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Sales lessons from the Mercedes Benz factory

In this article, leading sales expert ANDY PRESTON, talks about the sales lessons you can learn from iconic car manufacturer, Mercedes Benz.


would be useful ʻsales lessonsʼ for us all to be aware of.

Sales lesson No. 1 – Work the process

On the factory tour itself, it was fascinating to find out that the whole factory operates on a conveyor system, at different levels. Everything is timed and they know how long each procedure should take before the cars move onto the next station. Should they fall a few cars behind schedule however, itʼs not as if you can get a few people to come in on a Saturday to catch up – the entire factory has to be there as everything relies on small jobs on each station before moving on the next one. The sales lessons we can take from this is to think about our own prospecting process. In order for it to work as effectively as possible, it needs to be consistent, not stop-start. One of the biggest traps salespeople fall into is only prospecting when theyʼre quiet – yet only prospecting on a consistent basis will bring consistent sales figures.

Otherwise we potentially leave ourselves open to the sales roller coaster effect – our sales figures alternate between good and plain awful because we donʼt keep prospecting when weʼre busy.

Sales lesson No. 2 – Focus on the handover The handover is a key part of the process in sales, just as much as it is in the car business. Think about the handover you and your company may have to do at the moment. It might be a handover between colleagues, such as a salesperson and a project manager, or a salesperson and an account manager for example. It might even be a handover form the salesperson to the customer, or a delivery person to the customer. Whatever is the case, itʼs a vital part of the process – and also an area where a lot can go wrong. The smoothness of the handover counts for a lot – and is often the part when things go wrong. Whether itʼs the salesperson not preparing the account

n a recent trip over to the Mercedes Benz factory in Bremen, Germany to collect my new Mercedes, I noticed a number of things that

manager or project manager properly, or not managing the customer experience well, this part usually needs more focus than most people tend to give it. Mercedes excels at this part. A specially created coffee lounge where all the new owners sit and their cars are driven into the handover part of the showroom, everything is checked and youʼre given a tour of your new car and what it can do.

Sales lesson No. 3 – Do something extra they don’t expect Lots of people talk about adding value to their customers. Lots of companies bang on about their value proposition and how they excel at customer service. Yet most miss the opportunity to create even more buyer-loyalty by failing to wow them with a simple gesture.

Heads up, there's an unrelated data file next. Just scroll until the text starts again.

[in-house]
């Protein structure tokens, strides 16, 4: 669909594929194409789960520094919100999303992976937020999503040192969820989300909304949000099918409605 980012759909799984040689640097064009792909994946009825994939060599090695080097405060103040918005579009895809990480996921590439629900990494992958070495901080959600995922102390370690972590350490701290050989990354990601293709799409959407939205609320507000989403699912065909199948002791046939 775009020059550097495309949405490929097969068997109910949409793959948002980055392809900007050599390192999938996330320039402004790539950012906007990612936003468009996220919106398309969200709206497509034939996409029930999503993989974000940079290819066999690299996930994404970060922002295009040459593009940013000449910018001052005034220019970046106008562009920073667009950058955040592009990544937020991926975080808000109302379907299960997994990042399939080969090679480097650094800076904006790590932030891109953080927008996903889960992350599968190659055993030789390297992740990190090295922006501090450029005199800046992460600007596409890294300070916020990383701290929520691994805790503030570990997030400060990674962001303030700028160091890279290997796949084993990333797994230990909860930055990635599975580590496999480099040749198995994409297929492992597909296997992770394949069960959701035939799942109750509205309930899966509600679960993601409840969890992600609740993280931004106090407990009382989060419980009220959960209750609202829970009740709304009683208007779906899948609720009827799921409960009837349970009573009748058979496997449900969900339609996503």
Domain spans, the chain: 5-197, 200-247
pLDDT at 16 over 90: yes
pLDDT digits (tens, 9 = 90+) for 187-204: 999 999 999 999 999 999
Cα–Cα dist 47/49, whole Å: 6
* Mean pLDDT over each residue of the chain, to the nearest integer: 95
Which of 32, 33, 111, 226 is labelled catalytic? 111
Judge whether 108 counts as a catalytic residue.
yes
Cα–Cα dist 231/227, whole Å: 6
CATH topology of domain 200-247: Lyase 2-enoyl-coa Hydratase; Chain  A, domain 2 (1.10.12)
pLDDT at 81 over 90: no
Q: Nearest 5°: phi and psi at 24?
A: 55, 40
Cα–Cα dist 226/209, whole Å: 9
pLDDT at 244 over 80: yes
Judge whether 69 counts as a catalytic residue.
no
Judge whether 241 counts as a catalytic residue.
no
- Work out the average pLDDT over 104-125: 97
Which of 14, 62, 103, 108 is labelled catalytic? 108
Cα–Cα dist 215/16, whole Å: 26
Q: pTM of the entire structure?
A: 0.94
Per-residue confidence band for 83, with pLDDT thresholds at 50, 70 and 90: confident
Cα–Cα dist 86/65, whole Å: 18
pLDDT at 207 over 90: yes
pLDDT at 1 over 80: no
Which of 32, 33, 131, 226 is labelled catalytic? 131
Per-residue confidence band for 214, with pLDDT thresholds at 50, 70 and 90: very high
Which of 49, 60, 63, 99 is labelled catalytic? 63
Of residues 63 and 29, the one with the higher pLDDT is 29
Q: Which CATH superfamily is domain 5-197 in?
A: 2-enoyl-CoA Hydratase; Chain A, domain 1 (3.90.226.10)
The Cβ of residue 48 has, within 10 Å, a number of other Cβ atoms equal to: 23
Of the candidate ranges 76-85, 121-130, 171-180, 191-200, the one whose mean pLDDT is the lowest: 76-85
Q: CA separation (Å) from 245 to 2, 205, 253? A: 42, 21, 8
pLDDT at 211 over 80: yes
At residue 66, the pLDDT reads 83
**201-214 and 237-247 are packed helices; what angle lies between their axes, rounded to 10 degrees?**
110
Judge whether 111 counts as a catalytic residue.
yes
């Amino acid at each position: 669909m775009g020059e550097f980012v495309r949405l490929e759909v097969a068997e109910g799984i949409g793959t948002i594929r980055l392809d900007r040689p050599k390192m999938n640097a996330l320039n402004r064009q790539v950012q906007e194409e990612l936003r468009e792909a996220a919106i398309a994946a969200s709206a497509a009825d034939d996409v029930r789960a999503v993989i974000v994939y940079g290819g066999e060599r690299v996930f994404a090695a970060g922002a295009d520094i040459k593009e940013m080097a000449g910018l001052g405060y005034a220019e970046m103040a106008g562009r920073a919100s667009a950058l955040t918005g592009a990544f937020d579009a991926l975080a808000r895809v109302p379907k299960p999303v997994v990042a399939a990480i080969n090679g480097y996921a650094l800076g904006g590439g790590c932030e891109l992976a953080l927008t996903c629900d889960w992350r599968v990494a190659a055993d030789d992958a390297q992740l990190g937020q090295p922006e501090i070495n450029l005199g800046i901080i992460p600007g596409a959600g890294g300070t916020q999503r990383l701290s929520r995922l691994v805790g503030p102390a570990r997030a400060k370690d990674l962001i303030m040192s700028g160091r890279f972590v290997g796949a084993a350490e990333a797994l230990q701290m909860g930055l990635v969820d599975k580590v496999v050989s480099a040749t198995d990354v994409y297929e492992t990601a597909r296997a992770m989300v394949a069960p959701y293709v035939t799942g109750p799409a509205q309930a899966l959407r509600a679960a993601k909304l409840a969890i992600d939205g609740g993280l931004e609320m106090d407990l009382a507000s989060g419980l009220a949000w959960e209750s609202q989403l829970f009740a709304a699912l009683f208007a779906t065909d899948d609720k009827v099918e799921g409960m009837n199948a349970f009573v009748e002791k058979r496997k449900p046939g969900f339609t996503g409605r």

Doing something extra that they donʼt expect – yet you know will be viewed as valuable to the customer – is one of the best ways of creating more enthusiastic and loyal customers, and more importantly, generating a stream of referrals. Yet most people still donʼt do it.

For Mercedes it was simple. Providing a map of sights and visitor attractions for a few miles around the factory was useful, as was the customer service staff member casually mentioning that because they knew I had a long drive back to the UK, theyʼd made sure my new Mercedes had a full tank of petrol at no extra charge. Now, am I naive enough to think that they only did that for me?

No. Am I daft enough to imagine it was something special they dreamed up on the spot? No again. But did it create loyalty, gratitude and a great impression nonetheless? Of course. So how can you create that yourself in your sales process?

Sales lesson No. 4 – Follow up swiftly after they’ve bought One of the most critical parts of the sales process is what happens just after the new client has purchased from you. This is an area that most salespeople neglect, as often

theyʼre not involved once the customer has bought, or have moved on to other prospects. Some time taken here to speak to the new customer can help avoid buyerʼs remorse, solve any difficult issues, and also be a good time to ask for referrals and testimonials.

It also creates the impression that you care about more than just getting the sale, and therefore deepens the salesperson/customer relationship – and thatʼs never a bad thing for business going forwards.

Mercedes excels in this area. Not only is the salesperson in touch a few days after you getting/taking delivery of your new vehicle to see how things are going, but they also have an independent customer survey call afterwards to see how they performed. Now Iʼm not saying that you have to go to those lengths, but if you or your colleagues put in a call swiftly after your customers have purchased from you, would that help your sales figures going forwards? Youʼre right, it would.

For help and advice call 0161 401 0142 or visit | 70 | June 2015

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